Mind Mapping Introduction: Monday 23rd september
The focus today was on visualising the programme of study that we’re going to be undertaking over the next year. Mind mapping is a way to articulate the process by dividing your ideas up into single words and/or images, and then linking the ideas together in a logical format to create a ‘map’ that is easier to visualise than merely writing down a list of items. The creator was a man named Tony Buzan.
The proposal for research needs to be broken down into easy to manage ideas. For example:
What do I bring to the proposal? – My background; my experience; my previous study etc.
What is the rationale behind the idea? – Why am I doing this?; Who wil benefit from it?; Has anyone done this type of research before, and if so whom?
What are the aims of the proposal? – I should be ‘exploring’, ‘testing’ and ‘investigating’ the areas in relation to the subject.
What are my objectives? – These are the actions that will allow me to realise my aims by understanding and exploring the field.
The methodology (strategy) involved in your research should detail how you intend to perform the collecting of primary and secondary data. For example, primary data comes from interviewing practitioners or by performing tests, while secondary data involves the the research of books and gathering information from the Internet etc.
So, with this in mind, I created my initial mind map, based on what my intentions are for the course at this early stage. Clearly, my ideas may change and develop as time goes by, but here is a version of the first:
Following this, I searched for a mind mapping piece of free software to create a digital version. I searched the web and following a couple of false starts with ‘free’ on line companies that wanted to charge me, I discovered ‘bubbl.us’, which seemed to be a relatively easy on line tool to use:
48 Hour Video: The Showings Monday 23rd September
With the videos completed, all that was left to do was for each team to display their work and answer any questions that arose. First up was “This Film Sucks…Blood”, an excellent comedy piece by Kieran, Steph, Lily and George. Next up were my own group and our, “The Game”, as we finally settled on (due to it’s ambiguous and descriptive nature). Strangely, following the many laughs of the previous comedy, but perhaps appropriately, there was silence apart from applause at the end. Perhaps I had played the part of the psychopath too well? Finally, “Cold Call’, from Tom, Fraser and Rebecca – a horror piece, very moody and effective.
Our final version of the film can be found here:
The remainder of the week was focussed on 2 things:
1. Trying to narrow down what my topic of research for the coming year was going to be. Up Until now I had been looking into character design via the psychological profiling route, which does interest me. However, following a guest lecture last week from David Bishop, screenwriter who has several notable credits to his name, he has inspired me to rethink or rather really think about what I want to spend the year working on. It has to be something I am passionate about, as I will be willing to go the extra mile to make it something worthwhile. So, with that in mind I have been having a few sleepless nights trying to decide, as well as several visits to the library borrowing books on a variety of subjects. At the moment I seem to standing somewhere between Compositing and Dynamics Visual Effects, anything from fracture simulations to smoke and water. I have yet to decide entirely but it seems for sure that I changed my topic.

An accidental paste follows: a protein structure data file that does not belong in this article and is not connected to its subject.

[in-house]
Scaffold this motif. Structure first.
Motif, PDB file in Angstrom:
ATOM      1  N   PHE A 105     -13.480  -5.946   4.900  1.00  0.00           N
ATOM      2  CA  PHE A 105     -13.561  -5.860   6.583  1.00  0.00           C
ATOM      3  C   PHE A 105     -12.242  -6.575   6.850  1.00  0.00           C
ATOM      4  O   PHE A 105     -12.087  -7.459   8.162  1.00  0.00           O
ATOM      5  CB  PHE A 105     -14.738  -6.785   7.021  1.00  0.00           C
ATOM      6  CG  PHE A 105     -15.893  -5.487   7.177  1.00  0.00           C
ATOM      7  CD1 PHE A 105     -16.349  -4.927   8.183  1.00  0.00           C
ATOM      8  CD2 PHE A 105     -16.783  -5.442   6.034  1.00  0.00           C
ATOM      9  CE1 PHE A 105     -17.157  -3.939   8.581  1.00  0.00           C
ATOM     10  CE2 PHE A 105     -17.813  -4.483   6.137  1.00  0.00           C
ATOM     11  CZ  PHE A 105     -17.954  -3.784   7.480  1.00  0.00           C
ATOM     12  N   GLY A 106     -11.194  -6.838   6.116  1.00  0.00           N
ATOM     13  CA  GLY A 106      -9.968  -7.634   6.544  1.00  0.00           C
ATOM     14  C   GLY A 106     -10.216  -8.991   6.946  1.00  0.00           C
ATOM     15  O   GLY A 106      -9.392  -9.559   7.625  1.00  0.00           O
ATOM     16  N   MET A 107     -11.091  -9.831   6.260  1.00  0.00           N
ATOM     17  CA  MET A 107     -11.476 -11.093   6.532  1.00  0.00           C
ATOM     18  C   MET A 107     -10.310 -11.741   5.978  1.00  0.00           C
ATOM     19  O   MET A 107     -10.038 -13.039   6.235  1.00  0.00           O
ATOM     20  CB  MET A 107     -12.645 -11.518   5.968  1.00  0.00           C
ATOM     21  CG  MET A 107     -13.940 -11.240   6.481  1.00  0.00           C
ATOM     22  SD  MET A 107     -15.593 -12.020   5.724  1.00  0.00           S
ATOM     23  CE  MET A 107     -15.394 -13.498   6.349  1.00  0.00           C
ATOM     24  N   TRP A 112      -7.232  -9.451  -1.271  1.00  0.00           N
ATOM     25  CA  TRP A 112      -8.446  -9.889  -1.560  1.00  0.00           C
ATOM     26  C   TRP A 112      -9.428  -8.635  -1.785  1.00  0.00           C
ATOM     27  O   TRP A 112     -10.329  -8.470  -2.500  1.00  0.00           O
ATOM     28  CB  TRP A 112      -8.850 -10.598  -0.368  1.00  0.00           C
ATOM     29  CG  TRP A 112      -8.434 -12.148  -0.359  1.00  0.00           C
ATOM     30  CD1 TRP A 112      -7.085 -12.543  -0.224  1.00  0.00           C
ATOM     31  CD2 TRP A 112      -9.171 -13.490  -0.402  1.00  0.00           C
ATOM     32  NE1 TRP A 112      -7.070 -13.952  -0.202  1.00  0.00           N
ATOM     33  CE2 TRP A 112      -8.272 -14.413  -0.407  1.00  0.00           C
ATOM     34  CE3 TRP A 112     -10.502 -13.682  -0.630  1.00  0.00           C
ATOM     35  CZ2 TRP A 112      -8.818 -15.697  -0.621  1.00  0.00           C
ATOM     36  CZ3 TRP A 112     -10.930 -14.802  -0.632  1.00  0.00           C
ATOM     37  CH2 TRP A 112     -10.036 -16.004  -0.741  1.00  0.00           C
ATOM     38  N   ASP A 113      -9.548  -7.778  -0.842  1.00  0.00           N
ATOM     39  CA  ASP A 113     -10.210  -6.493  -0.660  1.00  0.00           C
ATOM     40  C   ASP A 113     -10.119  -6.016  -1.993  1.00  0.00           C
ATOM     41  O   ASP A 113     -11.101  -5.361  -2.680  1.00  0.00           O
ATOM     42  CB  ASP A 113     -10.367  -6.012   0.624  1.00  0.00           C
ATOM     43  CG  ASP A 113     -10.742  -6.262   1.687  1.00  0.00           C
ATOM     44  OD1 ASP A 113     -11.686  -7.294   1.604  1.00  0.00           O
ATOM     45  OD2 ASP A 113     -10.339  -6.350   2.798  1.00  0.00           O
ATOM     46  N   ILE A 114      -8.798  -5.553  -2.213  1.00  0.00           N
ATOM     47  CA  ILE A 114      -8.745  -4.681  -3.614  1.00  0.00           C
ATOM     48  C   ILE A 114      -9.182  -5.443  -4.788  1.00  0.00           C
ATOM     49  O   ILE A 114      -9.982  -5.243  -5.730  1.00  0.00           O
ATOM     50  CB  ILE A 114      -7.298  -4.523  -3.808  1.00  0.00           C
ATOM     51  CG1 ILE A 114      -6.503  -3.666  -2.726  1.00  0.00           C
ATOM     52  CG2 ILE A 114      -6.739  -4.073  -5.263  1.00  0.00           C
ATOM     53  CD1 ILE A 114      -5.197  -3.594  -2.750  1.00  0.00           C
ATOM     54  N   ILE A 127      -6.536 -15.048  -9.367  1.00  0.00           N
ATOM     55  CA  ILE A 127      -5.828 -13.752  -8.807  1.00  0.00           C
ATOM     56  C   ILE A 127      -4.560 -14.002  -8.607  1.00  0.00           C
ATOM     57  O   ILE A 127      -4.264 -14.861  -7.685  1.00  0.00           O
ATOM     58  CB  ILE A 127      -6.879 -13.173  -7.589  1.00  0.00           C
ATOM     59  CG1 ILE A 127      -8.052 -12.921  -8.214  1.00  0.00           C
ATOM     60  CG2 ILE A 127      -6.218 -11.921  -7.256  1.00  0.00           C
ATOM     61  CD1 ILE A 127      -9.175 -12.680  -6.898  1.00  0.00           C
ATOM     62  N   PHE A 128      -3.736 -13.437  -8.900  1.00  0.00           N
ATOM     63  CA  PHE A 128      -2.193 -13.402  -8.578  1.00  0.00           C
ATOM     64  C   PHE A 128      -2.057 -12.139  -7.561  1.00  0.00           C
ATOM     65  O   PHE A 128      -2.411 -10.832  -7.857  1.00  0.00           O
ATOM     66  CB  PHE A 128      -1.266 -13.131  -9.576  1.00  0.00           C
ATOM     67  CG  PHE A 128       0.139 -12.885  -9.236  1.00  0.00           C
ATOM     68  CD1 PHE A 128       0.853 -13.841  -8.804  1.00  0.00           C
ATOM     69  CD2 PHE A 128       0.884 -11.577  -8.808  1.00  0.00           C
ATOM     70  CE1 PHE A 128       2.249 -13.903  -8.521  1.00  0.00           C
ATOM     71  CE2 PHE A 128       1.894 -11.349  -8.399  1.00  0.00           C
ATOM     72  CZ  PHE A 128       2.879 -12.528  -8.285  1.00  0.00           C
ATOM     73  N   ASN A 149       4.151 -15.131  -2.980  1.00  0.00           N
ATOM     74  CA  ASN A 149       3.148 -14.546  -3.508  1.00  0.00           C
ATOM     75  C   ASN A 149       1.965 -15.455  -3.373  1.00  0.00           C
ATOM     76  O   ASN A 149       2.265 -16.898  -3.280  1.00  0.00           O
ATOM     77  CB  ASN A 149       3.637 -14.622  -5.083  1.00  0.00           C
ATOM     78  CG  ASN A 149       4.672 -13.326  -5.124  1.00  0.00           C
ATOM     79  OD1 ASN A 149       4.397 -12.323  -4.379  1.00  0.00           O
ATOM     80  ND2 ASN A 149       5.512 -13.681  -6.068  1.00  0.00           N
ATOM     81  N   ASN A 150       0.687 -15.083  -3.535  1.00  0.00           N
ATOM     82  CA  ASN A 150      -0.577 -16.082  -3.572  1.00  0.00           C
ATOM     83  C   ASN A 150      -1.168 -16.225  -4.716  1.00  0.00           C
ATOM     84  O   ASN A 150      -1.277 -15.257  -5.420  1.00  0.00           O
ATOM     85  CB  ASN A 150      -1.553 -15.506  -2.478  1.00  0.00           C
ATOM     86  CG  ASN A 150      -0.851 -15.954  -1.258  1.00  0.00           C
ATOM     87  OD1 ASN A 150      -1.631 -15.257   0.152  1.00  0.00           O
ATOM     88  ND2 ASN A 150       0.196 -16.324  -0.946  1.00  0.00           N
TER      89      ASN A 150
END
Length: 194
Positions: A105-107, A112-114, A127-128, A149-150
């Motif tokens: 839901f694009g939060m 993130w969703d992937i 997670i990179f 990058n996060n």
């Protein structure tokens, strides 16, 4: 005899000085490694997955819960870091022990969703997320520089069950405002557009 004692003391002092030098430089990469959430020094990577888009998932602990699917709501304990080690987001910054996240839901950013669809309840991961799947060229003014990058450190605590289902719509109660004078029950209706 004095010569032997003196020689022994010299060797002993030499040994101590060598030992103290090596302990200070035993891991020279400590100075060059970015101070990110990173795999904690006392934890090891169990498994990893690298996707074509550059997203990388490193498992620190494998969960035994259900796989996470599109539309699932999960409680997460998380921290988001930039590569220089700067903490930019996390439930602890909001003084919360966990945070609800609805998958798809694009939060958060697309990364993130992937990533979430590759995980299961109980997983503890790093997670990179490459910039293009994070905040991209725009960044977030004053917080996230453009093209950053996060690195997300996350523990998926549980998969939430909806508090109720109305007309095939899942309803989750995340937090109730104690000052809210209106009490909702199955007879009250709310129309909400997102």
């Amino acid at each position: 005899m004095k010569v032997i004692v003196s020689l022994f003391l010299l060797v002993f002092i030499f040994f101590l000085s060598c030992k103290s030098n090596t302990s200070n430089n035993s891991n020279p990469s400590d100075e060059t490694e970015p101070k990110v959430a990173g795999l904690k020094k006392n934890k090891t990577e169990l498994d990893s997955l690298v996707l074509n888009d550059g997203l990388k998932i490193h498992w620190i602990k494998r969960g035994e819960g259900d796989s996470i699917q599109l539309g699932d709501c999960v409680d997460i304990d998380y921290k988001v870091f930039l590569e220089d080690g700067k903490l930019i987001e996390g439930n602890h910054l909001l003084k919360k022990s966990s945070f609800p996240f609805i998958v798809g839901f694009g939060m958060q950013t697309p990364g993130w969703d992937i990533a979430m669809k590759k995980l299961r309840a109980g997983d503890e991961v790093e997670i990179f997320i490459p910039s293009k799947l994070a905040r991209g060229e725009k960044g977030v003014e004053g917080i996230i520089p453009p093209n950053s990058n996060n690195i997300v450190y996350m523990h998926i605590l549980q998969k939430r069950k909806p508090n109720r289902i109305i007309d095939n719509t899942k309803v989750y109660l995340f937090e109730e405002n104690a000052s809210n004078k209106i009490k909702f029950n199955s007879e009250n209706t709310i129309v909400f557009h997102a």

2. Maya – as we now have access to Digital Tutors, a very useful resource, I have been following a cpouple of tutorials to get up to speed. The first is an Introduction to Maya 2014, which covers many things over 81 tutorials and uses the building of sci-fi looking plane, texturing, lighting, rendering etc.
The other tutorial was based on building characters in Maya, again something I am familiar with in 3DS Max, so it is really a case of familiarising myself with the tools and of course learning some new ones.
Thursday 26th September
This weeks research skills and methods lecture was conducted by Gordon Spark. An interesting breakdown of a Guardian article to get into the habit of analysing written work so that we can apply our the techniques to our own chosen literature. Again, this ties in with the current search for a book to critically evaluate for Jeanette Paul’s first assignment, due in on October the 9th, which will hopefully be on the subject that I will continue to research. I have a book in my possession by Eric Keller, ‘Maya Visual Effects, The Innovators Handbook’. Ironically enough, this is a book that I had bought with the intent of doing in my free time while I studied character design, but now I appreciate that I should have focussed on that from the beginning.
Friday 27th September
An introduction to Jin Zhi – Jin has some very impressive work behind him, and he was not pulling any punches when it came to clarifying how much work we would have to do and how brutal the visual effects industry is if you want to achieve something. The topic today was NURBS, something I have a little experience of within the last few weeks, however, the standard that I have to achieve will require a lot of work outside of the university. Following the lecture I did some tests on lofting, extruding, revolving and attaching faces etc.
The topics for the semester were handed out – I will begin with a search on a suitable reference image with the purpose of recreating a photo realistic version of the image in Maya. This has to be constructed in NURBS, while the other task involves the creation of a pair of objects, modelled using polygonal modelling, textured and composited using Nuke. I have much work to do!